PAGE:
With UK coronavirus cases reportedly on the increase in some areas, working parents across...read more
I line manage a team of 7 people and am currently on maternity leave after the birth of my second child. I will be returning in June following Ordinary Maternity Leave and some Additional Maternity Leave. Whilst I was on my first maternity leave, a member of my team stepped up to cover my role. On returning, things never quite went back to how it was before and for the year prior to my second maternity leave my role was diluted and we jointly had responsibility for managing the team. This was never addressed formally, but was encouraged by senior management due to a growth in our workload. In fact, prior to my return my manager said that I couldn’t expect my maternity cover to just drop back to what she was doing before. At my annual review just before going on maternity leave, although they were very happy with my performance, I was given an increase significantly less than the ones I had been handing out to my team because I wasn’t going to be there in the coming months. Does this count as treating me less favourably than my colleagues because of pregnancy/maternity leave? Prior to finishing this time, we had meetings with senior management about a restructure of our team over the coming months. My question is how much involvement should I have in these changes whilst on maternity leave and does my employer have an obligation to keep me updated? What are my rights when I return from AML?
There are two different elements to this question – the first part is around your job after you returned from maternity leave the first time and the second part is around rights while on maternity leave.
Focusing on the first part of your question, it is not clear from your information whether your first maternity leave was just OML or whether you took AML also. The reason that this is important is that legally, if an employee returns to work after OML then they are entitled to return to the same job that they had prior to starting maternity leave. If an employee also takes AML, then they are entitled to a similar job at the same status and responsibilities. Often an employer will give an employee the same role after they return from AML but the employer does not have to – just a similar role is sufficient.
Either way, whether you had the same job or a similar one, it sounds like they have taken away key components of it or “diluted” it as you describe and defended it as increased workload so the role being “shared”.
You also state that you were not given a salary increase to the same extent as your colleagues even though your employer stated that your performance had been good.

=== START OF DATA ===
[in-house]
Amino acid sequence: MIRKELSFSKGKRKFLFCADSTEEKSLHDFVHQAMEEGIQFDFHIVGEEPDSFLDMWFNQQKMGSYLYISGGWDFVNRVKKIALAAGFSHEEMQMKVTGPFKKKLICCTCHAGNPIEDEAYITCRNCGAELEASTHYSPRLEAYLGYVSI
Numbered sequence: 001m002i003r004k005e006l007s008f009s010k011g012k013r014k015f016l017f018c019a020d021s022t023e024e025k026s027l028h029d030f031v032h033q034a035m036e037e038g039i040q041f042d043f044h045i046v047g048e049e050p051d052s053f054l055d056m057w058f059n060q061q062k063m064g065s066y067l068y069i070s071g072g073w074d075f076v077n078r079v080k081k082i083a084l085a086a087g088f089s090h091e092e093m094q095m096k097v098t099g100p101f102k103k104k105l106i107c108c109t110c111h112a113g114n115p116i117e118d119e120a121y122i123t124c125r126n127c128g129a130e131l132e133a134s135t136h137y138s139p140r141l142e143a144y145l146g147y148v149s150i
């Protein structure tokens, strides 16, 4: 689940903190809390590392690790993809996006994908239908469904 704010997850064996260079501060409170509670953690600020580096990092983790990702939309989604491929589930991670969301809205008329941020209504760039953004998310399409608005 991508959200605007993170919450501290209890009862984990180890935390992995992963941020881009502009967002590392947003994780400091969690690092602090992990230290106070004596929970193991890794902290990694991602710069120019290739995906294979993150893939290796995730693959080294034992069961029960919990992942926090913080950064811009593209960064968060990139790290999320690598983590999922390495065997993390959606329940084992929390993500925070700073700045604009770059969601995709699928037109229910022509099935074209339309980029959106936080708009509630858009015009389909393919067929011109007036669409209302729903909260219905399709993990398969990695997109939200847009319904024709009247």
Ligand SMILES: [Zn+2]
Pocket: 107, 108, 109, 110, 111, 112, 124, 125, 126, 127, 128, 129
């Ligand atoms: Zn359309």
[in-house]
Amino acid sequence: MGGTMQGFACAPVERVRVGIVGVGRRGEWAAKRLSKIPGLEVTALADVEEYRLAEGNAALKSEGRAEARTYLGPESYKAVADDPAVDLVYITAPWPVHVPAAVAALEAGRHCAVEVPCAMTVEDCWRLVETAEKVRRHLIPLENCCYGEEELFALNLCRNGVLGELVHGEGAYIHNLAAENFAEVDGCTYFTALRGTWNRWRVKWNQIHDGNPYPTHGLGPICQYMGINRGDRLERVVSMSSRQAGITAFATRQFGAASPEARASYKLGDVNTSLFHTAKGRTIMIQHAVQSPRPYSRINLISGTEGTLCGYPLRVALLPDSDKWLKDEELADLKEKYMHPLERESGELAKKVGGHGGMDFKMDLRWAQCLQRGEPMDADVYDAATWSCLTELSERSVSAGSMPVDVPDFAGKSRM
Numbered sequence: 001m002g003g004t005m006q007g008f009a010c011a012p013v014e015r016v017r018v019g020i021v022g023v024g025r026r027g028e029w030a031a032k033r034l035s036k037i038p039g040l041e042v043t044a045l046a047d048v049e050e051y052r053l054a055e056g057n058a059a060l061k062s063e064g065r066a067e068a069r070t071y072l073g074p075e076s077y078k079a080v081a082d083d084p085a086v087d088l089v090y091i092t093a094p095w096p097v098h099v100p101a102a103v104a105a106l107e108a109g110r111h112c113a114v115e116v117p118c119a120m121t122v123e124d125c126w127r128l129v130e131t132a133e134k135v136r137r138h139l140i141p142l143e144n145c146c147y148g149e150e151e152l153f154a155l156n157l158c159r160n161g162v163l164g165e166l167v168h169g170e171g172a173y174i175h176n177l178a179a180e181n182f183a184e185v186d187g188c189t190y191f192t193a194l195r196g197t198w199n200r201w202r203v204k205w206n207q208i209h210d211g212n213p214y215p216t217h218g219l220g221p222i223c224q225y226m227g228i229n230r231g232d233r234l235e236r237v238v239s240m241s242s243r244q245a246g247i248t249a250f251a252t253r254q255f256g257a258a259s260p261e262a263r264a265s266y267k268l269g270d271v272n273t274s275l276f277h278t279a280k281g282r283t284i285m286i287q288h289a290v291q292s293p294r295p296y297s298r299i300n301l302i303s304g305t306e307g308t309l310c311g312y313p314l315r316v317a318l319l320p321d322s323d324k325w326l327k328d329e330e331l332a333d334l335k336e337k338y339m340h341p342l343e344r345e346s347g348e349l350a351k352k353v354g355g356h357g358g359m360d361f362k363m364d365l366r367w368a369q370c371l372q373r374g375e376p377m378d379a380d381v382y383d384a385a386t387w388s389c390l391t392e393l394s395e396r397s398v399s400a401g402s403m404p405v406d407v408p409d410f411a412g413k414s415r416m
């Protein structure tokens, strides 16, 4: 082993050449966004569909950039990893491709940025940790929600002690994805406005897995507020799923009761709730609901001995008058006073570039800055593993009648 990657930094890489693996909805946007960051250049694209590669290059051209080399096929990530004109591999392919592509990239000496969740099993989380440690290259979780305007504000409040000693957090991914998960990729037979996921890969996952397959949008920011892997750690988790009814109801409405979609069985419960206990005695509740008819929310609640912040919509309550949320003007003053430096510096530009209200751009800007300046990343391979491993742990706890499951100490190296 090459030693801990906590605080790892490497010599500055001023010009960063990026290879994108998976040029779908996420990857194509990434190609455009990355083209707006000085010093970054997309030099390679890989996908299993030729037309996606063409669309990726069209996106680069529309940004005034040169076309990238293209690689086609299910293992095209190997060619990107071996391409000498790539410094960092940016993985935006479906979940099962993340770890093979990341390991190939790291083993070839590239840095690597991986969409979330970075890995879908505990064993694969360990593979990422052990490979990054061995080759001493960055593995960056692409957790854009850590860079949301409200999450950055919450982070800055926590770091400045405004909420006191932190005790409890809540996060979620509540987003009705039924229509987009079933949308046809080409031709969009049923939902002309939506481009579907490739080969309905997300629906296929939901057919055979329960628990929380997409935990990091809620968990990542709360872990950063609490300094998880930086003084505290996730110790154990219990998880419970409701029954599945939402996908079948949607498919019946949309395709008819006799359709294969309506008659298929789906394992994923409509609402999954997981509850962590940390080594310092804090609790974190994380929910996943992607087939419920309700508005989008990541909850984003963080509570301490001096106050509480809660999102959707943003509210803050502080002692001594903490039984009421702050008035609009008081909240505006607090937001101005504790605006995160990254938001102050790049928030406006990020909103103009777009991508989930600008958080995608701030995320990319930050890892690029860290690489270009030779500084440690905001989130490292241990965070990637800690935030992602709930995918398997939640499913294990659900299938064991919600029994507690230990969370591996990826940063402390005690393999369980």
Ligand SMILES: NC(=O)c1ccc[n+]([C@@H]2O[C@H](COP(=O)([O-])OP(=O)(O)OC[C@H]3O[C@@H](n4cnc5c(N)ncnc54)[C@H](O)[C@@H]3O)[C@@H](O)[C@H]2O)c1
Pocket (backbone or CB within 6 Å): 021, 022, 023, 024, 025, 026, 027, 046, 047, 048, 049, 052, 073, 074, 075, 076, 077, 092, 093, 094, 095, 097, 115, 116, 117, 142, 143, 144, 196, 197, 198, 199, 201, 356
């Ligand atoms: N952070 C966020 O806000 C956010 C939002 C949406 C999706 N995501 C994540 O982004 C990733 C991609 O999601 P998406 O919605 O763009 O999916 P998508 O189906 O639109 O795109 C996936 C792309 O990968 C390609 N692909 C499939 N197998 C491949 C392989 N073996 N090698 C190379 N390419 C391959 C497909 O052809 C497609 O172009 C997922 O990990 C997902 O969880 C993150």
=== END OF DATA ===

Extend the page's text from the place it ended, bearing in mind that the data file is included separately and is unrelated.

This, plus the fact that your role returning from maternity leave is not the same or “similar” enough to the one you left does make it sound like your employer has not followed the law appropriately here and that potentially you have been treated less favourably than your colleagues due to the fact that you went on maternity leave.
Moving on to the second part of your question on the level of involvement required from your employer in restructuring while you are on maternity leave. When an employee goes on maternity leave, it is appropriate for the employer to talk to the employee about the level of contact that the employee wants to have while on maternity leave. Some employees want minimal contact from their employer so that they can just focus on the baby at home. Some ladies want a monthly call with their employer or regular emails etc. This should be agreed upfront.
However, when there is a restructuring occurring and potential redundancies occurring, the employer has a legal obligation to consult with all affected employees, whether they are on maternity leave or not. So employees who are pregnant or on maternity leave must be notified of the redundancy process, invited to redundancy consultation meetings, included in the pool and considered for redeployment in the usual way. However, if employees who have actually commenced their maternity leave are selected for redundancy then special provisions apply to them. They must be given first refusal on any available suitable alternative employment over and above other staff who are not pregnant/ on maternity leave.
So, it is critical that you remain in touch during your maternity leave if restructuring occurs. If your role is not affected, then when you return from AML, then you would be entitled to return to a similar role in terms of status and responsibilities but not necessarily the same role. To get the same role you would need to return to work at the end of your OML.
I hope this helps.
Whilst every care has been taken in compiling this answer, WorkingMums cannot be held responsible for any errors or omissions. This information is not intended to be a substitute for specific legal advice.